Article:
Hydrogen peroxide can be used as a home remedy to help treat gum disease. To use it, you should mix equal parts of 3% hydrogen peroxide and water and swish it around in your mouth for 30 seconds before spitting it out. 

This can be repeated once or twice a week. It is important not to swallow the solution, as hydrogen peroxide shouldn’t be ingested in large quantities. 

The solution is believed to help kill harmful bacteria in the mouth that contribute to gum disease. 

Hydrogen peroxide and baking soda for gum disease (gingivitis &periodontal)

Studies have conflicting results about the benefits of using sodium bicarbonate and hydrogen peroxide over commercial dentifrices in periodontal therapy.

Some studies have shown that this combination can kill some of the bacteria that cause gum disease, reduce plaque, and decrease gum inflammation because of the additional antimicrobial agents.

This study, for instance, examined the effects of combining sodium bicarbonate (NaHCO3) and hydrogen peroxide (H2O2) with casein phosphopeptide amorphous calcium phosphate fluoride (CPP-ACPF) on tooth color and microhardness. 

Seventy-five bovine incisors were divided into five groups and treated with different whitening agents over 10 days. 

Color and microhardness were measured before and after treatment. Results showed that group 4 had the greatest improvement in color change, while groups 2 and 4 had significantly greater microhardness compared to the other groups.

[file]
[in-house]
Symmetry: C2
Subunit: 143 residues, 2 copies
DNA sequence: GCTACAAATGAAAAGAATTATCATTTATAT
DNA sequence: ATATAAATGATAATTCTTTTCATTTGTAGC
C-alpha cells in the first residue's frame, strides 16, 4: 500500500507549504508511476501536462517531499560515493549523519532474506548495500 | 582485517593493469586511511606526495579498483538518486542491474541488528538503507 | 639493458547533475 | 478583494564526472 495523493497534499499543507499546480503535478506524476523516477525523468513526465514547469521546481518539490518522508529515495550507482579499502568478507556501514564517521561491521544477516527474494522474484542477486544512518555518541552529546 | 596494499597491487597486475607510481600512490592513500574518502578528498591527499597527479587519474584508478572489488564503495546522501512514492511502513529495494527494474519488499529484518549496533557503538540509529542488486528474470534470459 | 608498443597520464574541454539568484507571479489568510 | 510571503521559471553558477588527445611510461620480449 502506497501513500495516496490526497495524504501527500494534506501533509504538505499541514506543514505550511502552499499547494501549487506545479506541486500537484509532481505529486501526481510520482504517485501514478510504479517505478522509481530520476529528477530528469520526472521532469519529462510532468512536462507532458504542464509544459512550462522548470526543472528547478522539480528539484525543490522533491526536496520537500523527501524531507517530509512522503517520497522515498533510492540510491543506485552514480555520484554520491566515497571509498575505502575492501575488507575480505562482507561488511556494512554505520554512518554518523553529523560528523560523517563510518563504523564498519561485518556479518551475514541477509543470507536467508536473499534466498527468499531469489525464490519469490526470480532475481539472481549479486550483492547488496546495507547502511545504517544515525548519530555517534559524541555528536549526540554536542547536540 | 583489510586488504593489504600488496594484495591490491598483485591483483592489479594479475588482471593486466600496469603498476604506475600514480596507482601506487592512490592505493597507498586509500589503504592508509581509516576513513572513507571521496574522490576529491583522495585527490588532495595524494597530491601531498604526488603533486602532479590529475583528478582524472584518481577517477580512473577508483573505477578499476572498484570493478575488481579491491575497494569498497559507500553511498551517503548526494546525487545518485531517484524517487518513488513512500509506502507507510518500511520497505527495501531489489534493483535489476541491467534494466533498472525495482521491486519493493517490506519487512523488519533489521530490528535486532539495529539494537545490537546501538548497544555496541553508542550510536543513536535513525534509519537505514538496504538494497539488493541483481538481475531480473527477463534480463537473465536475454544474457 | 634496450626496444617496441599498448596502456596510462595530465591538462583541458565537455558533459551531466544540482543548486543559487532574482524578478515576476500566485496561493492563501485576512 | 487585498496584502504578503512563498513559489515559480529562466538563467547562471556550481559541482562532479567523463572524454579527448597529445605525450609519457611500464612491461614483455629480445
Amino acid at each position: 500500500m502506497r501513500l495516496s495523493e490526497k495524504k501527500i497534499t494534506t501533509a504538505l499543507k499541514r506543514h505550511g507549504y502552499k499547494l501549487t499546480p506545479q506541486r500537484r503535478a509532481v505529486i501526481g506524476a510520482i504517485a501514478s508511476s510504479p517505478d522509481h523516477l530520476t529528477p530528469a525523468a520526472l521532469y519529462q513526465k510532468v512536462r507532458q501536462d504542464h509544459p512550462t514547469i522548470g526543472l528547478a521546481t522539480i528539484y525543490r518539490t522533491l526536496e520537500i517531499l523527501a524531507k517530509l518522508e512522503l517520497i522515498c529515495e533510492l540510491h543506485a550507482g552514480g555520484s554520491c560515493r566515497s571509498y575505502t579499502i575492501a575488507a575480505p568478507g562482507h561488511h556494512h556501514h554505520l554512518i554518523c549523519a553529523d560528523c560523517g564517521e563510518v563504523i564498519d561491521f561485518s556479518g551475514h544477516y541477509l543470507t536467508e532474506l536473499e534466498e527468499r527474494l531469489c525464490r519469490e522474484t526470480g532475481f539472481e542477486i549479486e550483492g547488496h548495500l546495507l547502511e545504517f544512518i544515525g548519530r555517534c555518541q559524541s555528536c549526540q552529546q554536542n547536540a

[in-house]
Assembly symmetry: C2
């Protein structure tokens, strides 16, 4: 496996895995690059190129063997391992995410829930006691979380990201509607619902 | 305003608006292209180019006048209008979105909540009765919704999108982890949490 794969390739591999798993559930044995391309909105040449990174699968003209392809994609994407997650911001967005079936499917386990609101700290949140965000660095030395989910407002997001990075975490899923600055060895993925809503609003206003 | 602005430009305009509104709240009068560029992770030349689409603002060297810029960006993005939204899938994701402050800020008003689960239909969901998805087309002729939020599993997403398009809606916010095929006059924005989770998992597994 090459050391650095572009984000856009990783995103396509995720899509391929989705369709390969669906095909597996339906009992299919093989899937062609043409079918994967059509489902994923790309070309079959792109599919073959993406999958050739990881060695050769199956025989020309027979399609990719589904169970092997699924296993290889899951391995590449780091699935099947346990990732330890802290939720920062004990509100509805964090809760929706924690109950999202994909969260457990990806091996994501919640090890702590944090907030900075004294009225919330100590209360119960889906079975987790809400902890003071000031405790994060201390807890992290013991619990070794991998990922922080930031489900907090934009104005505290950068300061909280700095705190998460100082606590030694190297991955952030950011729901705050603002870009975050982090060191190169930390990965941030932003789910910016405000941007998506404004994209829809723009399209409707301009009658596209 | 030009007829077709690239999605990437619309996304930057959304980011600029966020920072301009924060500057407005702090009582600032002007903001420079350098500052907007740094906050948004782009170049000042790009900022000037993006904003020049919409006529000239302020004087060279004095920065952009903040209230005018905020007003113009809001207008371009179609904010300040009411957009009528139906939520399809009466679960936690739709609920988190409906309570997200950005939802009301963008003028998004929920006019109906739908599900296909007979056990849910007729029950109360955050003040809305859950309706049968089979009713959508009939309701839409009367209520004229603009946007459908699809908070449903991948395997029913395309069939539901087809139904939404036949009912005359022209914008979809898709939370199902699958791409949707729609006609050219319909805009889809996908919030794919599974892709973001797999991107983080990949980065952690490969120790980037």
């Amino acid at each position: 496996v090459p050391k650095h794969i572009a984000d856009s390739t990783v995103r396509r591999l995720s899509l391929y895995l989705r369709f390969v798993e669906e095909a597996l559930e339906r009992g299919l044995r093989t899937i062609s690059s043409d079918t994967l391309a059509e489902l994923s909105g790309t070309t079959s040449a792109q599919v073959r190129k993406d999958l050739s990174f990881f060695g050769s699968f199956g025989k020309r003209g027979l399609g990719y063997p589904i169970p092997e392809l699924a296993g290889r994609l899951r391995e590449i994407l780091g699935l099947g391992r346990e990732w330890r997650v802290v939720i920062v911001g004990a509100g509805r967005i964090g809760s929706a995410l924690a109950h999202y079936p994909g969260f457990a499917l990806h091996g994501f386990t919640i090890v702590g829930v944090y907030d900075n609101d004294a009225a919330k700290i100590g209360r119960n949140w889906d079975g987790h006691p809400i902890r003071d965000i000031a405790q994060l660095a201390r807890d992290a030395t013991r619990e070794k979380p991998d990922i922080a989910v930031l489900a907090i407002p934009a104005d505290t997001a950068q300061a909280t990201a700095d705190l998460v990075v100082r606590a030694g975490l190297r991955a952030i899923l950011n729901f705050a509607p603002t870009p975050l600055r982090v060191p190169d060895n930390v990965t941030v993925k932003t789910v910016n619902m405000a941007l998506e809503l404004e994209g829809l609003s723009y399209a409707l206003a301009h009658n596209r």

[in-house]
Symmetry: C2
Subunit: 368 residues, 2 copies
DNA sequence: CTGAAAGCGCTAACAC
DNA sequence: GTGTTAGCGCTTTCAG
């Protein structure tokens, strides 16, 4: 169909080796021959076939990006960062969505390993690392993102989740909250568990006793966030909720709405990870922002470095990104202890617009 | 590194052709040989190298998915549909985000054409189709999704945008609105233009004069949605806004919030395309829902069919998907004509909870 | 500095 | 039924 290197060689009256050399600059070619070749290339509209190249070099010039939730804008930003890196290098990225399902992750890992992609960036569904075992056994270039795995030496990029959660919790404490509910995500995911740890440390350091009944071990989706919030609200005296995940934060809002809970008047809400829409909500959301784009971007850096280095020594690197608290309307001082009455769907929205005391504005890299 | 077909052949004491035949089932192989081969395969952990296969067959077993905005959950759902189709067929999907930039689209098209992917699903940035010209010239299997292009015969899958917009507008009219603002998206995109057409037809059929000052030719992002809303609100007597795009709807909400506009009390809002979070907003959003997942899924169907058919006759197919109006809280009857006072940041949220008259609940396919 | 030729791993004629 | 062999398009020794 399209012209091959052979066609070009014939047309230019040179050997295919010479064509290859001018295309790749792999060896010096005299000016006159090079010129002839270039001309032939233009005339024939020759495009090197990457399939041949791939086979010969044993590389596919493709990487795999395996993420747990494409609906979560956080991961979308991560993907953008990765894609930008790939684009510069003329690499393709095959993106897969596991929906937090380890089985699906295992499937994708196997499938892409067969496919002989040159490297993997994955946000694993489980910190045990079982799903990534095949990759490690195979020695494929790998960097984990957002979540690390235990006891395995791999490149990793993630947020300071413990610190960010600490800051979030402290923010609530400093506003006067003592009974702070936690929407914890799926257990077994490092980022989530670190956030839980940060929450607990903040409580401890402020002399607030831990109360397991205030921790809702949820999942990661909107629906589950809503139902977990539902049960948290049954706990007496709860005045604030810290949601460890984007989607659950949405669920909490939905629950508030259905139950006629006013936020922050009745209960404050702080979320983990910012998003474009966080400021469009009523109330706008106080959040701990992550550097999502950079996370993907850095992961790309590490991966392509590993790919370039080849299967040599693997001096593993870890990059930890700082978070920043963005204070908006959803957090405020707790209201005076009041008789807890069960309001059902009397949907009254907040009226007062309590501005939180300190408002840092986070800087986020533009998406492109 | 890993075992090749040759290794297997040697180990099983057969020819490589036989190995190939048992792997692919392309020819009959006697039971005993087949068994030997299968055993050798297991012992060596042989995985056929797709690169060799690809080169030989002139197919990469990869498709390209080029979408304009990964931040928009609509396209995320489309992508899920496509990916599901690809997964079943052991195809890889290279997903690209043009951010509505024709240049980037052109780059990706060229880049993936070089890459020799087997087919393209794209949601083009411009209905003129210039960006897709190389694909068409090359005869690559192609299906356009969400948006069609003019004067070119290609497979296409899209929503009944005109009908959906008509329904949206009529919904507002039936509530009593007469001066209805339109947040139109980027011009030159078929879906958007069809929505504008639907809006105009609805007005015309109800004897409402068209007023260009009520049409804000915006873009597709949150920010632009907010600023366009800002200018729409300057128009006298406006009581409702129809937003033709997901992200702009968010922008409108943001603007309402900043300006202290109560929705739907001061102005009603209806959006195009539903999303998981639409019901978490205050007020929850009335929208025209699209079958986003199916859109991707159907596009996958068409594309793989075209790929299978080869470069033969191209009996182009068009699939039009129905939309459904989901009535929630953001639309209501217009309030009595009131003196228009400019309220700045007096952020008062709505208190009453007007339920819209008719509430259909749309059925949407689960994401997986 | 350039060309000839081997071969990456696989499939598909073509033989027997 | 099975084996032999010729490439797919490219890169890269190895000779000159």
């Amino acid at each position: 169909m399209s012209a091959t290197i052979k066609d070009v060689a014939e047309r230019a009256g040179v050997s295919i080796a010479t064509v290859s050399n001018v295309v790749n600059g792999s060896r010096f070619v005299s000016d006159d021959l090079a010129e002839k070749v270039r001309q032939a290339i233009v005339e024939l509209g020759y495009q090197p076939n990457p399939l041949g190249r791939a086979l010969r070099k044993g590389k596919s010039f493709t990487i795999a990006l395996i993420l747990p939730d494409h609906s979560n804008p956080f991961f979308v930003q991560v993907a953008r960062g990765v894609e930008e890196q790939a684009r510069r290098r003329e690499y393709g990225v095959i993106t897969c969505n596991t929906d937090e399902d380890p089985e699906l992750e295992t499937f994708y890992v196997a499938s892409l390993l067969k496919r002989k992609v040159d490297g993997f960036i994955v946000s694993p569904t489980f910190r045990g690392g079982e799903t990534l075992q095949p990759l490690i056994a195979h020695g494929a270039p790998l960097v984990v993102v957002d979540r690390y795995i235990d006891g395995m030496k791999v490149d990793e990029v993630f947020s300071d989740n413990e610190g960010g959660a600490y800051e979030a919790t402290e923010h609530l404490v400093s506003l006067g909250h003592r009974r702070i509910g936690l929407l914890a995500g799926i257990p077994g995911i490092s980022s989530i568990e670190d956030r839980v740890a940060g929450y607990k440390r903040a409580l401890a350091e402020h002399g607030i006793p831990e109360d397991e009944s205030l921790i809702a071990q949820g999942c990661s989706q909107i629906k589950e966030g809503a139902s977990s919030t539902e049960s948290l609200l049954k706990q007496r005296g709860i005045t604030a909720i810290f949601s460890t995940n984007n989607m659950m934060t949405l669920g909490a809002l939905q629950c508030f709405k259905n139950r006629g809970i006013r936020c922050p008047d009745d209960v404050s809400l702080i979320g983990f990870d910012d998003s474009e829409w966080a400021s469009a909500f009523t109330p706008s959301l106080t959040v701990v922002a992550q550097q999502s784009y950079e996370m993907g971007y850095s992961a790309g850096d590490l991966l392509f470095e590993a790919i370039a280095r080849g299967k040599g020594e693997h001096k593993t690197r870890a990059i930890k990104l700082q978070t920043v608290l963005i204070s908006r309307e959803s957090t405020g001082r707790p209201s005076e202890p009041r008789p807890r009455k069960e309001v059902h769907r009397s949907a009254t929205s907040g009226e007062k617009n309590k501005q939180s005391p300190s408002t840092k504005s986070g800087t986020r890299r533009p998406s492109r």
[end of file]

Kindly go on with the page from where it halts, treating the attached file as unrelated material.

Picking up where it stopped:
The combination of 94% NaHCO3, 1.5% H2O2, and CPP-ACPF was found to be effective in improving tooth color and microhardness and may be recommended for clinical use.

This study looked at whether sodium bicarbonate and hydrogen peroxide can improve the microbial flora of 4 to 7 mm periodontal pockets. 

Four patients were instructed to brush certain areas of their mouth with a sodium bicarbonate-3% hydrogen peroxide paste, while other areas were treated with fluoridated paste

No significant differences were found between the two groups in terms of changes in the microbial flora. 

Probing depths decreased during the study, but there were no differences between the two groups. 

Therefore, it was concluded that sodium bicarbonate and hydrogen peroxide did not have any special benefits in reducing the microbial flora of periodontal pockets.

A controlled clinical study involving professional application of sodium bicarbonate, sodium chloride, hydrogen peroxide, and povidone-iodine showed greater improvements in clinical attachment and bone mass compared to brushing with toothpaste and water, but scaling and root planing were necessary to achieve these results. 

It is difficult to determine which agent was responsible for the improvements, and professional application may be a crucial factor.

However, it is important to note that using this mixture improperly or excessively can lead to gum irritation and potentially damage the gums. 

It is best to consult with a dental professional before using this or any other home remedies for gum disease. 

Additionally, it is important to maintain good oral hygiene practices, such as regular brushing and flossing, to prevent and treat gum disease.

What Next?

However, this remedy should not replace regular dental checkups and professional cleanings in the treatment of gum disease or any other oral health condition.

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Last Updated on May 24, 2023 by Our Editorial Team